Linda Suskie

 A Common Sense Appr​oach to Assessment in Higher Education


What does a new CAO survey tell us about the state of assessment?

Posted on January 26, 2017 at 8:40 AM

A new survey of chief academic officers (CAOs) conducted by Gallup and Inside Higher Education led me to the sobering conclusion that, after a generation of work on assessment, we in U.S. higher education remain very, very far from pervasively conducting truly meaningful and worthwhile assessment.

Because we've been working on this so long, as I reviewed the results of this survey, I was deliberately tough. The survey asked CAOs to rate the effectiveness of their institutions on a variety of criteria using a scale of very effective, somewhat effective, not too effective, and not effective at all. The survey also asked CAOs to indicate their agreement with a variety of statements on a five-point scale, where 5 = strongly agree, 1 = strongly disagree, and the other points are undefined. At this point I would have liked to see most CAOs rate their institutions at the top of the scale: either “very effective” or “strongly agree.” So these are the results I focused on and, boy, are they depressing.

Quality of Assessment Work

Less than a third (30%) of CAOs say their institution is very effective in identifying and assessing student outcomes. ‘Nuff said on that! :(

Value of Assessment Work

Here the numbers are really dismal. Less than 10% (yes, ten percent, folks!) of CAOs strongly agree that:

  • Faculty members value assessment efforts at their college (4%).
  • The growth of assessment systems has improved the quality of teaching and learning at their college (7%).
  • Assessment has led to better use of technology in teaching and learning (6%). (Parenthetically, that struck me as an odd survey question; I had no idea that one of the purposes of assessment was to improve the use of technology in T&L!)

And just 12% strongly disagree that their college’s use of assessment is more about keeping accreditors and politicians happy than it is about teaching and learning.


And only 6% of CAOs strongly disagree that faculty at their college view assessment as requiring a lot of work on their parts. Here I’m reading something into the question that might not be there. If the survey asked if faculty view teaching as requiring a lot of work on their parts, I suspect that a much higher proportion of CAOs would disagree because, while teaching does require a lot of work, it’s what faculty generally find to be valuable work--it's what they are expected to do, after all. So I suspect that, if faculty saw value in their assessment work commensurate with the time they put into it, this number would be a lot higher.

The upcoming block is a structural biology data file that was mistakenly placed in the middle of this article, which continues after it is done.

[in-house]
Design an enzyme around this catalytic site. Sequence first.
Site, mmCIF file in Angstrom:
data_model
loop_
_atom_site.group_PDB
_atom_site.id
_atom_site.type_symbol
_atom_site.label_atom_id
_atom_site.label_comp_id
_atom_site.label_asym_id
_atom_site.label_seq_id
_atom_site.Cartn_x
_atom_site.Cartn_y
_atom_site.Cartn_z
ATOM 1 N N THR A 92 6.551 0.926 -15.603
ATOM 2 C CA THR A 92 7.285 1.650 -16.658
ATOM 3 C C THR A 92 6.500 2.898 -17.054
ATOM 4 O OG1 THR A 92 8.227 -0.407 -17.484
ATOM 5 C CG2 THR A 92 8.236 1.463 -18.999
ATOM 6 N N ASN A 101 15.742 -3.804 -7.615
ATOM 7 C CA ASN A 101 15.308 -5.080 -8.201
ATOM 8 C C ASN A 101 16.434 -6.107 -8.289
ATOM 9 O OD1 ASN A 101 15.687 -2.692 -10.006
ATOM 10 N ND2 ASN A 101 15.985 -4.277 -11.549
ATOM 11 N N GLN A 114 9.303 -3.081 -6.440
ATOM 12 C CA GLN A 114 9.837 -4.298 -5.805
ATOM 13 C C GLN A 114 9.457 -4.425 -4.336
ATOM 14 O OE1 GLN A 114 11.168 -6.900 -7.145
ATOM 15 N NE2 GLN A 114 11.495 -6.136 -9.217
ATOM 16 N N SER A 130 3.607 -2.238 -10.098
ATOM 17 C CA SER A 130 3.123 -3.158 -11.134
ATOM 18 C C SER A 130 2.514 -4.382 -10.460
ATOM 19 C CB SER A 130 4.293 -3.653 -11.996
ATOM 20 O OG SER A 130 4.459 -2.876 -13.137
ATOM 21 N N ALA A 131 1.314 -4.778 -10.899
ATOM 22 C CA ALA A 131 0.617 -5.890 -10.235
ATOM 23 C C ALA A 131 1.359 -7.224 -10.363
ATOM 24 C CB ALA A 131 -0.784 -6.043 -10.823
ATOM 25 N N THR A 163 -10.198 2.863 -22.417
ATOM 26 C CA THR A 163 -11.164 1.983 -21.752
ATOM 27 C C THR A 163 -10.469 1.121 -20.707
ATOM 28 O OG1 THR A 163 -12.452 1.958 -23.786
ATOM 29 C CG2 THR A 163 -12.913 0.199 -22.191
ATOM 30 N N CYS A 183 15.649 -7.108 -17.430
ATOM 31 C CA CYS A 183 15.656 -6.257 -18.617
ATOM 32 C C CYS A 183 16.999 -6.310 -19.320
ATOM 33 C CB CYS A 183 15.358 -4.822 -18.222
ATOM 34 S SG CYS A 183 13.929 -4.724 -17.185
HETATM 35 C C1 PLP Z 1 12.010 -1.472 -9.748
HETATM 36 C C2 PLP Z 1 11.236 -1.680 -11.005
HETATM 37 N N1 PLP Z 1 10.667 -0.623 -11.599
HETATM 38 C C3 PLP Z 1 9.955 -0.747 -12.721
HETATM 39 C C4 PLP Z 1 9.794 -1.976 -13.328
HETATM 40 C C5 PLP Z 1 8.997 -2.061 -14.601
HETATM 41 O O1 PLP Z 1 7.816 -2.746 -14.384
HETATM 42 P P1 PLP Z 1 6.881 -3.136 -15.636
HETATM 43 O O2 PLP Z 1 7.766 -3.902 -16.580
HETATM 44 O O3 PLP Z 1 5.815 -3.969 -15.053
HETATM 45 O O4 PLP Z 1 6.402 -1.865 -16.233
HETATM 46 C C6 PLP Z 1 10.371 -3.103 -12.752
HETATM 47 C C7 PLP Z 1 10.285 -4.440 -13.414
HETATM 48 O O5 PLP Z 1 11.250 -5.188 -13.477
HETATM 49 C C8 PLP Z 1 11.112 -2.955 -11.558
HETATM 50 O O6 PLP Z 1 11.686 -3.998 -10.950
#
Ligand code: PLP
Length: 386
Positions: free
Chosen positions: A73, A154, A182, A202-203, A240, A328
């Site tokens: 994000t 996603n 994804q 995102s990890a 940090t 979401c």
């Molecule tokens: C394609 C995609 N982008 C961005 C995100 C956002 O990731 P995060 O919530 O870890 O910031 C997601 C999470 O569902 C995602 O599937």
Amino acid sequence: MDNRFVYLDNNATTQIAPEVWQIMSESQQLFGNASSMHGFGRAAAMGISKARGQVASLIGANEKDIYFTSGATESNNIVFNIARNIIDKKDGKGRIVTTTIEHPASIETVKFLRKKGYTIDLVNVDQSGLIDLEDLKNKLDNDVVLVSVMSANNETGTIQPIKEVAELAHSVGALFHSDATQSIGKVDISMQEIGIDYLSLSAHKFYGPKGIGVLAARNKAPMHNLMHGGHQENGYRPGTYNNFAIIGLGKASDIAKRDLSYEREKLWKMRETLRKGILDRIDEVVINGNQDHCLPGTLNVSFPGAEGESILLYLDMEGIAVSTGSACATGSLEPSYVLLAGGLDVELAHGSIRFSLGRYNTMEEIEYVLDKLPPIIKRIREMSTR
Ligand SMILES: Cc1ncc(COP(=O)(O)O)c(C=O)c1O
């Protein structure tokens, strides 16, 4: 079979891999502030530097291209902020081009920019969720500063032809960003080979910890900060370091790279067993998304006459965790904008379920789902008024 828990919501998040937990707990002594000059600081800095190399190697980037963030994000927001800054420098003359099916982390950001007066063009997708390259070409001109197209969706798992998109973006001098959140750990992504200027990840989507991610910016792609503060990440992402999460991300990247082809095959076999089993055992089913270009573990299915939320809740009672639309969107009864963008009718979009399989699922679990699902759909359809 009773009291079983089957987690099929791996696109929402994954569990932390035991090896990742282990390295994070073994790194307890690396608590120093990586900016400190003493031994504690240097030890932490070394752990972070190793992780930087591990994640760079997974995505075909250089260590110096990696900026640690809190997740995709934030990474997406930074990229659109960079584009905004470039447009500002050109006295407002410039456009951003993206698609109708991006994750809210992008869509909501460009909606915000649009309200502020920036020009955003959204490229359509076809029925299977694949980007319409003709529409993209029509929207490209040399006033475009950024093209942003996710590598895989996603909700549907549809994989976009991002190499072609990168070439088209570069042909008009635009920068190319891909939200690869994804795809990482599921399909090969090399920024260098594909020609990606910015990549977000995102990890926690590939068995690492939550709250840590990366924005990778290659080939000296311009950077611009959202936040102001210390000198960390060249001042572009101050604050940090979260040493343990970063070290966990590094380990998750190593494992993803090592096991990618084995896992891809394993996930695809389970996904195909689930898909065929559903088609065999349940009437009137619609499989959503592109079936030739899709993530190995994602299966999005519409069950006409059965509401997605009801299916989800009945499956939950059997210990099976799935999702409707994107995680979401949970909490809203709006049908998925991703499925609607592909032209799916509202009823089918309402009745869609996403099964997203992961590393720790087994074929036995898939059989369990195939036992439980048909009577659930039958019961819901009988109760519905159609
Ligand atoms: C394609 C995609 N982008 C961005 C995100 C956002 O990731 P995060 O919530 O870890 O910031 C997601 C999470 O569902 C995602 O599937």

Using Evidence to Inform Decisions

Here’s a conundrum:

  • Over two thirds (71%) of CAOs say their college makes effective use of data used to measure student outcomes,
  • But only about a quarter (26%) said their college is very effective in using data to aid and inform decision making.
  • And only 13% strongly agree that their college regularly makes changes in the curriculum, teaching practices, or student services based on what it finds through assessment.

 So I’m wondering what CAOs consider effective uses of assessment data!


  • About two thirds (67%) of CAOs say their college is very effective in providing a quality undergraduate education.
  • But less than half (48%) say it’s very effective in preparing students for the world of work,
  • And only about a quarter (27%) say it’s very effective in preparing students for engaged citizens.
  • And (as I've already noted) only 30% say it’s very effective in identifying and assessing student outcomes.

How can CAOs who admit their colleges are not very effective in preparing students for work or citizenship engagement or assessing student learning nonetheless think their college is very effective in providing a quality undergraduate education? What evidence are they using to draw that conclusion?


  • While less than half of CAOs saying their colleges are very effective in preparing students for work,
  • Only about a third (32%) strongly agree that their institution is increasing attention to the ability of its degree programs to help students get a good job.

My Conclusions

After a quarter century of work to get everyone to do assessment well:

  • Assessment remains spotty; it is the very rare institution that is doing assessment pervasively and consistently well.
  • A lot of assessment work either isn’t very useful or takes more time than it’s worth.
  • We have not yet transformed American higher education into an enterprise that habitually uses evidence to inform decisions.

Categories: State of assessment